gdxVersion = '1.3.1'
    box2dlightsVersion = '1.2'
    reflectasmVersion = '1.10.0'
}

Go to the main top level project folder and edit the settings.gradle file. The settings.gradle tells the gradle build to include the runtime environment. When running multiple Overlap2d dependent projects in the same eclipse workspace and each project has an Overlap2d runtime dependency this can be configured in a couple of ways. This configuration steps assumes that each project has a subproject of the overlap2d runtime in them, therefore the compile project name is different to allow eclipse to import it without saying “the project dependency already exists”.

Add to the settings.gradle, the reference name  to the overlap2d and the subproject file information and save it. The complete file looks like this:

include 'desktop', 'android', 'core','Overlap2dSideRuntime'
project(':Overlap2dSideRuntime').projectDir = new File(settingsDir, 'overlap2d-runtime-libgdx-master')

Notice that the directory name of the Overlap2d runtime is kept the same. Just the project name reference is different.

Open the build.gradle in the same top project folder. There are two sections that need to change. The android and core project references need to be changed to include some dependencies for compiling.

In the “android” project dependencies section, add the box2d dependencies needed for the Overlap2D runtime, since Overlap2D is built against box2d version 1.2. The line being added to the dependencies for the android project is:

compile “com.badlogicgames.box2dlights:box2dlights:1.2”

The android project section change result looks like this:

project(":android") {
    apply plugin: "android"

    configurations { natives }

    dependencies {
        compile project(":core")
        compile "com.badlogicgames.gdx:gdx-backend-android:$gdxVersion"
        natives "com.badlogicgames.gdx:gdx-platform:$gdxVersion:natives-armeabi"
        natives "com.badlogicgames.gdx:gdx-platform:$gdxVersion:natives-armeabi-v7a"
        natives "com.badlogicgames.gdx:gdx-platform:$gdxVersion:natives-x86"
        compile "com.badlogicgames.gdx:gdx-box2d:$gdxVersion"
        natives "com.badlogicgames.gdx:gdx-box2d-platform:$gdxVersion:natives-armeabi"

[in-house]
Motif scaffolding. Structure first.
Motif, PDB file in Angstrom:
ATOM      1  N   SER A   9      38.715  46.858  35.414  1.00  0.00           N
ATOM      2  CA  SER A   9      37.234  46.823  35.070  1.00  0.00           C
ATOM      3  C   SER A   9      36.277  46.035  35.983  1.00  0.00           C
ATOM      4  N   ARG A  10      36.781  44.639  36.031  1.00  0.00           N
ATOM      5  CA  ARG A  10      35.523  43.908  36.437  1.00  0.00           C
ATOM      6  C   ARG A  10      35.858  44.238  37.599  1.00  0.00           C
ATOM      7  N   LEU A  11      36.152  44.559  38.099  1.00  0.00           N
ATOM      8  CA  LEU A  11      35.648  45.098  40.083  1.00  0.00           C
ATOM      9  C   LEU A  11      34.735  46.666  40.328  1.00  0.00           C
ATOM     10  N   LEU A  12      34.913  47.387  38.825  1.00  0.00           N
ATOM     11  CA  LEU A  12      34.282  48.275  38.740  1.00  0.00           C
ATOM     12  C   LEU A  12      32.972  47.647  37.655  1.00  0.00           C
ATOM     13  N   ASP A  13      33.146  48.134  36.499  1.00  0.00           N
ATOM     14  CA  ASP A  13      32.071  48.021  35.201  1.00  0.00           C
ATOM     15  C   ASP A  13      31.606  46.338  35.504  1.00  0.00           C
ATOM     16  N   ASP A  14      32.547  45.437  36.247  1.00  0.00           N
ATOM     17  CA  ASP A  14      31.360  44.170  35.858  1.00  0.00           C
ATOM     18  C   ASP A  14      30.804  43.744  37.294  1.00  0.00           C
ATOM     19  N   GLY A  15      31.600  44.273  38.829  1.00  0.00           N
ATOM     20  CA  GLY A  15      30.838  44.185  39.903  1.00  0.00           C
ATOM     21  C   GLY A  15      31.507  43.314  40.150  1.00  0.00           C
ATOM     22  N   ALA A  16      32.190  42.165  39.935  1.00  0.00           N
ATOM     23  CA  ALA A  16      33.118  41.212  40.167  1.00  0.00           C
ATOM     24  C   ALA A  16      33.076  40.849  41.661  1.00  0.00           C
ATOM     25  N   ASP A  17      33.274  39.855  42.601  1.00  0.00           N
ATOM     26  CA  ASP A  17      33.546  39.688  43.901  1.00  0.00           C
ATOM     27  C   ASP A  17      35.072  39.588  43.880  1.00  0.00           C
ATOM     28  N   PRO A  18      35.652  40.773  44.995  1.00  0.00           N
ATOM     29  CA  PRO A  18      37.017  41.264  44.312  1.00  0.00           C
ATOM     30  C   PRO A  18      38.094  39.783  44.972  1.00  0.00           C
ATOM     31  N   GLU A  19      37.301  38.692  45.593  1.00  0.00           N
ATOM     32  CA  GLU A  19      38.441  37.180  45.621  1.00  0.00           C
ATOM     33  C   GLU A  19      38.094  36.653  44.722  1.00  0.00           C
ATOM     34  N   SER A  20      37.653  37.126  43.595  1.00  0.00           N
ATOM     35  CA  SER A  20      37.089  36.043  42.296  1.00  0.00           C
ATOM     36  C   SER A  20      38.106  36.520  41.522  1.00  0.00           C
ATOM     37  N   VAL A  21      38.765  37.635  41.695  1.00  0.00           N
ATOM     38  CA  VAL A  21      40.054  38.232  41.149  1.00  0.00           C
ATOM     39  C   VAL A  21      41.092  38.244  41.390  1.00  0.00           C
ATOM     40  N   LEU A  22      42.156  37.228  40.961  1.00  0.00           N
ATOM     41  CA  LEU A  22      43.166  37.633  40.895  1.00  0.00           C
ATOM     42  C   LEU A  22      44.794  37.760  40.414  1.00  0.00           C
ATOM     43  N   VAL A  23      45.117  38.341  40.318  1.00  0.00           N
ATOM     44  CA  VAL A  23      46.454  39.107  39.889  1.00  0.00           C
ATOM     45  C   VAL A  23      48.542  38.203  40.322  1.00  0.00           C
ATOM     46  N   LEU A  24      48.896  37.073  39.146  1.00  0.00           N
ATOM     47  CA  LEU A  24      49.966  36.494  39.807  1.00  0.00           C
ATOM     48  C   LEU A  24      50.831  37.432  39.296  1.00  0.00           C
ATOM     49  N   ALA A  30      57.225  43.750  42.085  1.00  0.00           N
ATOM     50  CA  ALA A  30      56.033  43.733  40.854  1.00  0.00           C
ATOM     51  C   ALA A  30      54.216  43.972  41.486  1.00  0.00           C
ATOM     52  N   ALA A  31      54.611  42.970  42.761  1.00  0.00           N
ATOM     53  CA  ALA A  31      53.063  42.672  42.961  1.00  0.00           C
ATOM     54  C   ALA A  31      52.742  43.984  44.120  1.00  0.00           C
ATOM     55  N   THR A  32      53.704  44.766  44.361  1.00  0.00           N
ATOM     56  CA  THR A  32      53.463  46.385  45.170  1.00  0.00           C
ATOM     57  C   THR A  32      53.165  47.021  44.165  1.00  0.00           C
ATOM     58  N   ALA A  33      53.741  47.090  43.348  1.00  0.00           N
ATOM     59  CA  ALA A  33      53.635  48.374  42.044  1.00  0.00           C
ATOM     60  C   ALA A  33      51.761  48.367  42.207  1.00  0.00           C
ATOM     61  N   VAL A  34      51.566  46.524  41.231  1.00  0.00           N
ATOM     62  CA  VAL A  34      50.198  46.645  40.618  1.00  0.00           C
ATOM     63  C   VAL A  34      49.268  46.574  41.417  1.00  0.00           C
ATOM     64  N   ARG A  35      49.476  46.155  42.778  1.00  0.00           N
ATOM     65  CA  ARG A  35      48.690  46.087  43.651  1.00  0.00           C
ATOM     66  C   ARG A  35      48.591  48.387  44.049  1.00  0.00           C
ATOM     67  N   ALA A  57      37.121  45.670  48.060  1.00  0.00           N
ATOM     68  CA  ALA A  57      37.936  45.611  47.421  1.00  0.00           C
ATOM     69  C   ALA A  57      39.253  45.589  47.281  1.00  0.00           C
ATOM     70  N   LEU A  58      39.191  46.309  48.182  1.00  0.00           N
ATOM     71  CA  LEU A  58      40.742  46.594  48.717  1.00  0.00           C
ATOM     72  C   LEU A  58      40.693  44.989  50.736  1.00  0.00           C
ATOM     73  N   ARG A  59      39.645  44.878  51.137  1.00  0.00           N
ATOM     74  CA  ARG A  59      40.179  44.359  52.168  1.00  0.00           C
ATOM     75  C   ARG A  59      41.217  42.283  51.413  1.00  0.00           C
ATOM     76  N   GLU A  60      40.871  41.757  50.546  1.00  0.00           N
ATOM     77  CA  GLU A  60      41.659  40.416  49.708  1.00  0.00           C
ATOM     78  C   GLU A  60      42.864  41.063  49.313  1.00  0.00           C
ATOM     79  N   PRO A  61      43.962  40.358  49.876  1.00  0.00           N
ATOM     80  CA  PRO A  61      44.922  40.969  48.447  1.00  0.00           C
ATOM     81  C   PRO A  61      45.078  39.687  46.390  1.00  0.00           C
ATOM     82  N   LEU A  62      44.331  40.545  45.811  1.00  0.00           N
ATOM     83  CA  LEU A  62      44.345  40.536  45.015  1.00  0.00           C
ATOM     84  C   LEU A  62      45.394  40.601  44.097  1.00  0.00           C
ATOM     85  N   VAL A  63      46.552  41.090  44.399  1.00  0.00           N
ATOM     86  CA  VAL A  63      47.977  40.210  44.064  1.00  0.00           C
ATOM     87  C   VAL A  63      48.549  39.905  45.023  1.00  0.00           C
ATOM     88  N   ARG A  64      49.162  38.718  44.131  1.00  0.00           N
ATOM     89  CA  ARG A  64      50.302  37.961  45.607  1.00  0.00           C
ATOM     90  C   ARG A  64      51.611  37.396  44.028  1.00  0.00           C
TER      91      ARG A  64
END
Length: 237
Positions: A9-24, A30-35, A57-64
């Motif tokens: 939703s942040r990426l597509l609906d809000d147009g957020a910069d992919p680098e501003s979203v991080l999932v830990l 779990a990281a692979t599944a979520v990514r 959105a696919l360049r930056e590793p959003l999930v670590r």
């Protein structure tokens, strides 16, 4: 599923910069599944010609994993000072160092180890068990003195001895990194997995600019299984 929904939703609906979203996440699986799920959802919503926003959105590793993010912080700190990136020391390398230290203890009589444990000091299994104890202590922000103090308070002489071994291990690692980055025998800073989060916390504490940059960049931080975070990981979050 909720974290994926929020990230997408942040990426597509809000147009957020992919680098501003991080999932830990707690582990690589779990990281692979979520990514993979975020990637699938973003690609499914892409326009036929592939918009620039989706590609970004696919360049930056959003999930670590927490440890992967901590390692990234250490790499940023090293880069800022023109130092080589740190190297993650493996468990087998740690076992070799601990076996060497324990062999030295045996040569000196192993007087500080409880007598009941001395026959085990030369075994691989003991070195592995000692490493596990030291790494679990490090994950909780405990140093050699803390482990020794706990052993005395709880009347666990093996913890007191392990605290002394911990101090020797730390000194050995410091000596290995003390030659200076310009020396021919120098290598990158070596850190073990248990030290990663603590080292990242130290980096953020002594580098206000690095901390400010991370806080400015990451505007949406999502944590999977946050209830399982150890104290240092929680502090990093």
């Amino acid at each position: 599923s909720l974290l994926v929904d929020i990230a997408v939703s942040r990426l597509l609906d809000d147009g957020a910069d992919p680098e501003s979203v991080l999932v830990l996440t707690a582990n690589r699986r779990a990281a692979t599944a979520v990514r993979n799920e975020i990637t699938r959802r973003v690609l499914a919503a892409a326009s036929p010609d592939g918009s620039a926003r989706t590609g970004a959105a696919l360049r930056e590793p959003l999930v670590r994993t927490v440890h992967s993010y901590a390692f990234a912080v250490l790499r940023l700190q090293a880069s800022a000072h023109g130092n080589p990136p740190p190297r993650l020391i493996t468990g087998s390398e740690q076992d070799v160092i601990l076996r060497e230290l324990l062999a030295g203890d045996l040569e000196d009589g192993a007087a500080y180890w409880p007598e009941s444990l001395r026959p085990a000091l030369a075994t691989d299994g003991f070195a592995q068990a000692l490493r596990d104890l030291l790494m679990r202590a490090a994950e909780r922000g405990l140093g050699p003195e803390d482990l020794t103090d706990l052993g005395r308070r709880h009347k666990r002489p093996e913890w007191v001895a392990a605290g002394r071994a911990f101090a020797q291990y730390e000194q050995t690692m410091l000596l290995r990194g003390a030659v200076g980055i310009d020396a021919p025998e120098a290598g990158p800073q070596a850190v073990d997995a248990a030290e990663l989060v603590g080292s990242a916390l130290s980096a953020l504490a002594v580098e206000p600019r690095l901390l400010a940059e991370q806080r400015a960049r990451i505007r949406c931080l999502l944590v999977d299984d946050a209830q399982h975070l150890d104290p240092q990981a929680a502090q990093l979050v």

natives "com.badlogicgames.gdx:gdx-box2d-platform:$gdxVersion:natives-armeabi-v7a"
        natives "com.badlogicgames.gdx:gdx-box2d-platform:$gdxVersion:natives-x86"
        compile "com.badlogicgames.box2dlights:box2dlights:1.2"
        compile "com.badlogicgames.gdx:gdx-freetype:$gdxVersion"
        natives "com.badlogicgames.gdx:gdx-freetype-platform:$gdxVersion:natives-armeabi"
        natives "com.badlogicgames.gdx:gdx-freetype-platform:$gdxVersion:natives-armeabi-v7a"
        natives "com.badlogicgames.gdx:gdx-freetype-platform:$gdxVersion:natives-x86"
    }
}

The project “core” in this same file needs to also have reference to box2dlights version 1.2 and add in dependency to the Overlap2d runtime this example shows the renamed the project for compile as described in the settings.gradle mentioned above to the Overlap2d runtime subproject in the workspace:

project(":core") {
    apply plugin: "java"

    dependencies {
        compile "com.badlogicgames.gdx:gdx:$gdxVersion"
        compile "com.badlogicgames.gdx:gdx-box2d:$gdxVersion"
        compile "com.badlogicgames.box2dlights:box2dlights:1.2"
        compile "com.badlogicgames.gdx:gdx-freetype:$gdxVersion"
      compile project(":Overlap2dSideRuntime")
    }
}

The final step is to import the new project into Eclipse. Make sure that eclipse has the gradle plugin. Then for the workspace select File > Import. In the import dialog, select Gradle > Gradle Project. In the “Import Gradle Project” dialog select the root folder of this project, and then click “Build Model”. This will then load the project and sub projects into the dialog. Select all the projects, and then select finish.

Eclipse Import

That should import all the projects. You can test running the desktop application and get the badlogic example, and you should be able to also build the android APK.